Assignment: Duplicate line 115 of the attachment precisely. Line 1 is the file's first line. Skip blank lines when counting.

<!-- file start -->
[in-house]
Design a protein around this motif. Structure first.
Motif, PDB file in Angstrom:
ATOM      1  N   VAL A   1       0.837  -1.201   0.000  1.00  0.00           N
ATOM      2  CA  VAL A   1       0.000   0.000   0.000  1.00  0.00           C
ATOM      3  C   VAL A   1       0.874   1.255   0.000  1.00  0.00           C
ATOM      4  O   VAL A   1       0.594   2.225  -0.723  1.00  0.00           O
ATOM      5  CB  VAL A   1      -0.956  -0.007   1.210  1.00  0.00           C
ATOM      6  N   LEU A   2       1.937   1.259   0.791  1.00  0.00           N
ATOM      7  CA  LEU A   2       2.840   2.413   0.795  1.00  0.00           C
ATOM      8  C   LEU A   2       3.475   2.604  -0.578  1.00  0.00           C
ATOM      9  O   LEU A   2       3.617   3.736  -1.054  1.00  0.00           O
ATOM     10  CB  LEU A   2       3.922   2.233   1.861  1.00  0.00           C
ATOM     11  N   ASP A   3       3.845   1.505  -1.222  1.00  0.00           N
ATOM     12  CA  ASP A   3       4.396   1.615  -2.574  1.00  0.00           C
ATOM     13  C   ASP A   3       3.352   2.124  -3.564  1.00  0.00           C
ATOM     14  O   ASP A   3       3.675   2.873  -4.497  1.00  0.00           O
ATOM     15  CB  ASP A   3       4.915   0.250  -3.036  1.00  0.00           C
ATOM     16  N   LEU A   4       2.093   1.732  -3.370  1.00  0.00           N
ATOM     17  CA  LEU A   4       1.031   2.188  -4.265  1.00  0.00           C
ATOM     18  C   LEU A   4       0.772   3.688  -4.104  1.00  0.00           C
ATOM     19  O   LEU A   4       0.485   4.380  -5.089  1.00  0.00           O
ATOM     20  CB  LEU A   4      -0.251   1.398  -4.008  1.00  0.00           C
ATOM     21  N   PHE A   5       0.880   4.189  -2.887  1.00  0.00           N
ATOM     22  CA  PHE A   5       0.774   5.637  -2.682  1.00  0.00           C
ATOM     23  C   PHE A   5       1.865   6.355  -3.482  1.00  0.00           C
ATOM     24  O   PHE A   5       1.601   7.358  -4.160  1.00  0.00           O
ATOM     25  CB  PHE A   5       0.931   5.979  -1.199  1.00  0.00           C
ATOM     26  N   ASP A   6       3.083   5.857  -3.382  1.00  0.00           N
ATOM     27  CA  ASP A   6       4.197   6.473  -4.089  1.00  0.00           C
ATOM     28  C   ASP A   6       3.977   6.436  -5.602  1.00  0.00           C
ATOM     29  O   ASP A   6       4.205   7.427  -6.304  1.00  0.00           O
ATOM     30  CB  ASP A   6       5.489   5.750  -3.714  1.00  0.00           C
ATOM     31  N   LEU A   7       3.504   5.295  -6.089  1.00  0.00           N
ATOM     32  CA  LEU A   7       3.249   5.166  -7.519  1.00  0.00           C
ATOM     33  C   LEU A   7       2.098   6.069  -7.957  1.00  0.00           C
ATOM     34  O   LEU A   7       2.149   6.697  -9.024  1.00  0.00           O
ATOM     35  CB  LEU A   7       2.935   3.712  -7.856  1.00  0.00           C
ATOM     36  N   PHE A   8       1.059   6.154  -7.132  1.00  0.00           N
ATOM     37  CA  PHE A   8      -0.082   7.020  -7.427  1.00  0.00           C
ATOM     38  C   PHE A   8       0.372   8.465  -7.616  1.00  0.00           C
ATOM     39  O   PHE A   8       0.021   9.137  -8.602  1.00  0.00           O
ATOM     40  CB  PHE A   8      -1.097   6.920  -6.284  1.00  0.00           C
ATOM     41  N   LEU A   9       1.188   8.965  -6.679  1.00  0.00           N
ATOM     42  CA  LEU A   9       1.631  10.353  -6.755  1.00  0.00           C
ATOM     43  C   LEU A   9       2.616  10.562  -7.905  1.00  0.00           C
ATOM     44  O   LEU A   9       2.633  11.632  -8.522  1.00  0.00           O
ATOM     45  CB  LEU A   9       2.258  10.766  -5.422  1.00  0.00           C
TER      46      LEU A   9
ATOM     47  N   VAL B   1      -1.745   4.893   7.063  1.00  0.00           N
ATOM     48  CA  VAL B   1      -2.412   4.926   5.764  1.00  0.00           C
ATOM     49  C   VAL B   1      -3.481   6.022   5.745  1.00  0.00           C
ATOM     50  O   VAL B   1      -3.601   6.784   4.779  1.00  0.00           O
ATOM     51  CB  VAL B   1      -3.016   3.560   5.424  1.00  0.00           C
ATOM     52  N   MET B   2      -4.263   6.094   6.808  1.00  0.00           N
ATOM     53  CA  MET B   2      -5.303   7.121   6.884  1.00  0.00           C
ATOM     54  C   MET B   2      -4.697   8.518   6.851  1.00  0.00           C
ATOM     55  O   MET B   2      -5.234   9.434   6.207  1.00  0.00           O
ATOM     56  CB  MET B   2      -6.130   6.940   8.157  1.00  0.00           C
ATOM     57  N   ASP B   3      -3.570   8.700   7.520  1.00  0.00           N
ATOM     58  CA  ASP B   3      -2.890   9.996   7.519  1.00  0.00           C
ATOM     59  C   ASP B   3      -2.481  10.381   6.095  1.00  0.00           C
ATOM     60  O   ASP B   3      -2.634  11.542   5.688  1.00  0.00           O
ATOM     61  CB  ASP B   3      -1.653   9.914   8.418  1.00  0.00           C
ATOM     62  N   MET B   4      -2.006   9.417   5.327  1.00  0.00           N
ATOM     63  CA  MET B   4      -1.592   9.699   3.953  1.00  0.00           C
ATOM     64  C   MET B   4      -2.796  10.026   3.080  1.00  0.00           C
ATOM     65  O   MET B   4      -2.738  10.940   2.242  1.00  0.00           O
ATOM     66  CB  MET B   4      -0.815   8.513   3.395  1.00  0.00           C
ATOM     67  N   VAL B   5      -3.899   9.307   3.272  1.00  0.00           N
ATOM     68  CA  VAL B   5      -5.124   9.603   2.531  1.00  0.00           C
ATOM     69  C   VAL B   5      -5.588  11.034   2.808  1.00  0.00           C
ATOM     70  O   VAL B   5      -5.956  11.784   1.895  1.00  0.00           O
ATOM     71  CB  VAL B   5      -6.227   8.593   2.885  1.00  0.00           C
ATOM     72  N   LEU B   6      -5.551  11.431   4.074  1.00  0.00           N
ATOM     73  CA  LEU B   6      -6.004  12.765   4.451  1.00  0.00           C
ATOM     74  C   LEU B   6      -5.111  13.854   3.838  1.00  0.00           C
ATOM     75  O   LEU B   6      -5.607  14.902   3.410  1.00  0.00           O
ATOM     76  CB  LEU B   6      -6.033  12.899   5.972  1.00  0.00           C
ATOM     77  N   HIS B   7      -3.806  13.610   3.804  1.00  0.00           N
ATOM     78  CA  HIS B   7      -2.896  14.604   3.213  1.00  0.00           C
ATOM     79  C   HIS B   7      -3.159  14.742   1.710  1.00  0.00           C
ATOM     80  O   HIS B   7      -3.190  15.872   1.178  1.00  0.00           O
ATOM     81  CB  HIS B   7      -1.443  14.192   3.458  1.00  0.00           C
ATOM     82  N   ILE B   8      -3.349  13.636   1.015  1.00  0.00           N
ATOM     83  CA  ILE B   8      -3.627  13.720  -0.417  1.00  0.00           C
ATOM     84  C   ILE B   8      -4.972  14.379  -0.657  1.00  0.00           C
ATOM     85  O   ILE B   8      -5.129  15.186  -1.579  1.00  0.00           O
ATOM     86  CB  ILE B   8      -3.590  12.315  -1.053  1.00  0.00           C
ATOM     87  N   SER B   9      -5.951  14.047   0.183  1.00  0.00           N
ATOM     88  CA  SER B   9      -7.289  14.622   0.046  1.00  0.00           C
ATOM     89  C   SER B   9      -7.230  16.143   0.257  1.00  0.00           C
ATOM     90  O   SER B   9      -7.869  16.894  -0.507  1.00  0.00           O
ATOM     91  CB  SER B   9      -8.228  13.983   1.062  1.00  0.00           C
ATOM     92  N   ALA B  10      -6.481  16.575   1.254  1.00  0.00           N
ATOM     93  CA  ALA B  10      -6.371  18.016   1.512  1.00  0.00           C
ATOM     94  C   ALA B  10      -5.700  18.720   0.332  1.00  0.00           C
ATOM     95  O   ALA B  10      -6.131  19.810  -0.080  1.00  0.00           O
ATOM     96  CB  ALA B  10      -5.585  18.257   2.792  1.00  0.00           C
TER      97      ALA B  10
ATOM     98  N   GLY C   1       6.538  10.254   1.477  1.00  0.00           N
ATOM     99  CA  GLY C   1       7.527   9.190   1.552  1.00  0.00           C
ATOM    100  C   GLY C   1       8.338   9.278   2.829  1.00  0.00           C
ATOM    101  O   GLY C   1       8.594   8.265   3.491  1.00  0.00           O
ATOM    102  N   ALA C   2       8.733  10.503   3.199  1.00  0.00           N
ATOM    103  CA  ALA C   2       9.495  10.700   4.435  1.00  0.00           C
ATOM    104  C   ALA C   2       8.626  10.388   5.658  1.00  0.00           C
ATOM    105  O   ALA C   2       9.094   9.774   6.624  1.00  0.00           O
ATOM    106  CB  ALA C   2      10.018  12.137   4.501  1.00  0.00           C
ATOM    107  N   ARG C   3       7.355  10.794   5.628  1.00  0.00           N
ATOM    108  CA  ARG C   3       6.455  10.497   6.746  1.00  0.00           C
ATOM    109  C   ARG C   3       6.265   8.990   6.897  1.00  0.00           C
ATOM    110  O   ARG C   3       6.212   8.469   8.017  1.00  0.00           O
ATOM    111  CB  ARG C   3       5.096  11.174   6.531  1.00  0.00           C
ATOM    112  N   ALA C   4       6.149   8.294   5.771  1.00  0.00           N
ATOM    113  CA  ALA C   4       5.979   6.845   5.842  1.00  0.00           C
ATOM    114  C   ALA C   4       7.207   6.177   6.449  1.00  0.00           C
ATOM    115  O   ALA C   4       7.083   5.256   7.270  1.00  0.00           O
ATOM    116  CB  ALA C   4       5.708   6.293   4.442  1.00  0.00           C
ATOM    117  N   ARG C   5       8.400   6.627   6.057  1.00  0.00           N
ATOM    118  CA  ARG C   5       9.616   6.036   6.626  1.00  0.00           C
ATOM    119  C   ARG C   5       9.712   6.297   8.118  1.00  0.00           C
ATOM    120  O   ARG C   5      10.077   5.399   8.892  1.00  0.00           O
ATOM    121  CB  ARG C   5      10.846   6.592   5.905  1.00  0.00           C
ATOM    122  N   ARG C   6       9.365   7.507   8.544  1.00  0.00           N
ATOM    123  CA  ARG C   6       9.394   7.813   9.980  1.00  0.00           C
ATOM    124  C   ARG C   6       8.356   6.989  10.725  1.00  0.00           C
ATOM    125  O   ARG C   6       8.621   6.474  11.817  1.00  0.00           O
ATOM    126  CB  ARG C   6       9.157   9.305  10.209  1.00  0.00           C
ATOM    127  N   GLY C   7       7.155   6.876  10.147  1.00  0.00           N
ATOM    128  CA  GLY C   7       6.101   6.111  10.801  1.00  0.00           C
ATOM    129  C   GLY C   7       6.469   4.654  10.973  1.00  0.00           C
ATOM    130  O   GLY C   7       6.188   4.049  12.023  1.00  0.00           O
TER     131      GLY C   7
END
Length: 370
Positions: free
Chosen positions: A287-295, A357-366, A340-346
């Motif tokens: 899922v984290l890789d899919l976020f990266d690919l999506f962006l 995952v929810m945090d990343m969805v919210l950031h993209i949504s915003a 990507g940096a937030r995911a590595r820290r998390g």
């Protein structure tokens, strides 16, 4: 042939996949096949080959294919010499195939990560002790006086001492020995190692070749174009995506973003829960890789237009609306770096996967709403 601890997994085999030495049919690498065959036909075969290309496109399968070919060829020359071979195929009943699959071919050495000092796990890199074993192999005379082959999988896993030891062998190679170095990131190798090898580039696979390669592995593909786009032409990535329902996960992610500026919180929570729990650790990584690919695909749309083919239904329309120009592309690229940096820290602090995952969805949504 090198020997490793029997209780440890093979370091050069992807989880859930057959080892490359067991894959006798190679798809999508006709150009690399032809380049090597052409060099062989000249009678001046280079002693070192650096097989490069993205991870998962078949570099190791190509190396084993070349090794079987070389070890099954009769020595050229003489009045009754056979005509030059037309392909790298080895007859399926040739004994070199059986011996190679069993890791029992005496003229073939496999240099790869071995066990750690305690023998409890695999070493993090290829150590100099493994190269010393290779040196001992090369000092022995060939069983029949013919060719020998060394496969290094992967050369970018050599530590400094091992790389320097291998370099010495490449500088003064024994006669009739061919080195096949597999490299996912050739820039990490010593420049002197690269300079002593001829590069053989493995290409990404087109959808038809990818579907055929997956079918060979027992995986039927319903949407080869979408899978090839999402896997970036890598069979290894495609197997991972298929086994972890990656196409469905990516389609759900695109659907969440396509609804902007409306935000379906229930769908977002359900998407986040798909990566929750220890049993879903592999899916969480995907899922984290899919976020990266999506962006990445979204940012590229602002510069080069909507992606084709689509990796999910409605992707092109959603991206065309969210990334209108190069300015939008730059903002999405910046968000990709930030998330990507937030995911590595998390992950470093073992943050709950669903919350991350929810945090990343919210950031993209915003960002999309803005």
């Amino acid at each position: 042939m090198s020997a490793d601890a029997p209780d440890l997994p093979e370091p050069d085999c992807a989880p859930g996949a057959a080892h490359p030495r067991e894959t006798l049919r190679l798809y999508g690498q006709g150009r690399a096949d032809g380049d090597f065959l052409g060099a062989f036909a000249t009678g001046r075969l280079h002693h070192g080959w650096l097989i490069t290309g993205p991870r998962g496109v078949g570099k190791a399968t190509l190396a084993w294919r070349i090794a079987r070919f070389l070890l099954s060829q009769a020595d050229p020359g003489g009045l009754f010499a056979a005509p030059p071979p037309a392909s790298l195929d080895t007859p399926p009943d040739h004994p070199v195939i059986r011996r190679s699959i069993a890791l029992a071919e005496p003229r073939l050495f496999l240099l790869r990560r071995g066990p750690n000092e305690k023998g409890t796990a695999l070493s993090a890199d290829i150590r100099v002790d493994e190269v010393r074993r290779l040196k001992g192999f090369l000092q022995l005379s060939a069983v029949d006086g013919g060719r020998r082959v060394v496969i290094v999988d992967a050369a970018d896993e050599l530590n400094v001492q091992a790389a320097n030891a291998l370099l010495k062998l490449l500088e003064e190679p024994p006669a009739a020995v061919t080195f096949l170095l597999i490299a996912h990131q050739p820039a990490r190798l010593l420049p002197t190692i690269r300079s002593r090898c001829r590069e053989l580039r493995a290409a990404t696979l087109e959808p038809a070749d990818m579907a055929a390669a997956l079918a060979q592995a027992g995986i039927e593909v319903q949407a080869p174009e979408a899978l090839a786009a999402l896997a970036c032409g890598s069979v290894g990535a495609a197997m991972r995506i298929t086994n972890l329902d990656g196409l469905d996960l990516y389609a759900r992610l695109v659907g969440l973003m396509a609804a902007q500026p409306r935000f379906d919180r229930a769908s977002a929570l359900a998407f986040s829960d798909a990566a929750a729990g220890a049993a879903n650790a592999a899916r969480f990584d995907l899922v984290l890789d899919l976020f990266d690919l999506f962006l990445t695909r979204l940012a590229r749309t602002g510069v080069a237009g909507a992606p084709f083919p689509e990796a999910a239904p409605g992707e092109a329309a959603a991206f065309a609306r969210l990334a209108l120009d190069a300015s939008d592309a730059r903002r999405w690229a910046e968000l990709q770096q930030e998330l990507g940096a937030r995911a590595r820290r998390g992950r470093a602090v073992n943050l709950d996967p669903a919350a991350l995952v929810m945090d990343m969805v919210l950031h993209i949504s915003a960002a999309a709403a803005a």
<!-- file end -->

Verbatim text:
ATOM    112  N   ALA C   4       6.149   8.294   5.771  1.00  0.00           N